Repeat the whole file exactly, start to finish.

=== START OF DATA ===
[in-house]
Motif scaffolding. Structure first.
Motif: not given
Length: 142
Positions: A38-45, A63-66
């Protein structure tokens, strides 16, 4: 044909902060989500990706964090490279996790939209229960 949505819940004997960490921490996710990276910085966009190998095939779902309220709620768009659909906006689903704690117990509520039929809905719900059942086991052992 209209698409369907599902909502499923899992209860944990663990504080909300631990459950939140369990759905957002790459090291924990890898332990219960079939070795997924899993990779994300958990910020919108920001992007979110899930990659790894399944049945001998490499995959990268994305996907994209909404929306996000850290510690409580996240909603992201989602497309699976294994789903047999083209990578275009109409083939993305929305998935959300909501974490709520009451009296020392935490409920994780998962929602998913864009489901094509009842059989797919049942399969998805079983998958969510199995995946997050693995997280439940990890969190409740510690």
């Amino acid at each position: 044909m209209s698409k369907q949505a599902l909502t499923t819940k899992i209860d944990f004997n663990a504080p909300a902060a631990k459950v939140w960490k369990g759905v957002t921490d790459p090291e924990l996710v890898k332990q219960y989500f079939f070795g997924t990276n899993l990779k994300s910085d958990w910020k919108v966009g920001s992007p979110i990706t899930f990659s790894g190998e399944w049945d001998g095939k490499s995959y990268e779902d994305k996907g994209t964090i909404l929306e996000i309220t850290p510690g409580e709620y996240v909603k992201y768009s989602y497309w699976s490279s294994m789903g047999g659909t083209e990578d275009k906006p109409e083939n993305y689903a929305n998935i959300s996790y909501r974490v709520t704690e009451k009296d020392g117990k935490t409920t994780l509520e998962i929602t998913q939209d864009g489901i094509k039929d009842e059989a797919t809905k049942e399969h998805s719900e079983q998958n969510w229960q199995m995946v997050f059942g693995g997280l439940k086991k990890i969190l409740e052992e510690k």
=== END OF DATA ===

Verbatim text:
[in-house]
Motif scaffolding. Structure first.
Motif: not given
Length: 142
Positions: A38-45, A63-66
């Protein structure tokens, strides 16, 4: 044909902060989500990706964090490279996790939209229960 949505819940004997960490921490996710990276910085966009190998095939779902309220709620768009659909906006689903704690117990509520039929809905719900059942086991052992 209209698409369907599902909502499923899992209860944990663990504080909300631990459950939140369990759905957002790459090291924990890898332990219960079939070795997924899993990779994300958990910020919108920001992007979110899930990659790894399944049945001998490499995959990268994305996907994209909404929306996000850290510690409580996240909603992201989602497309699976294994789903047999083209990578275009109409083939993305929305998935959300909501974490709520009451009296020392935490409920994780998962929602998913864009489901094509009842059989797919049942399969998805079983998958969510199995995946997050693995997280439940990890969190409740510690």
């Amino acid at each position: 044909m209209s698409k369907q949505a599902l909502t499923t819940k899992i209860d944990f004997n663990a504080p909300a902060a631990k459950v939140w960490k369990g759905v957002t921490d790459p090291e924990l996710v890898k332990q219960y989500f079939f070795g997924t990276n899993l990779k994300s910085d958990w910020k919108v966009g920001s992007p979110i990706t899930f990659s790894g190998e399944w049945d001998g095939k490499s995959y990268e779902d994305k996907g994209t964090i909404l929306e996000i309220t850290p510690g409580e709620y996240v909603k992201y768009s989602y497309w699976s490279s294994m789903g047999g659909t083209e990578d275009k906006p109409e083939n993305y689903a929305n998935i959300s996790y909501r974490v709520t704690e009451k009296d020392g117990k935490t409920t994780l509520e998962i929602t998913q939209d864009g489901i094509k039929d009842e059989a797919t809905k049942e399969h998805s719900e079983q998958n969510w229960q199995m995946v997050f059942g693995g997280l439940k086991k990890i969190l409740e052992e510690k």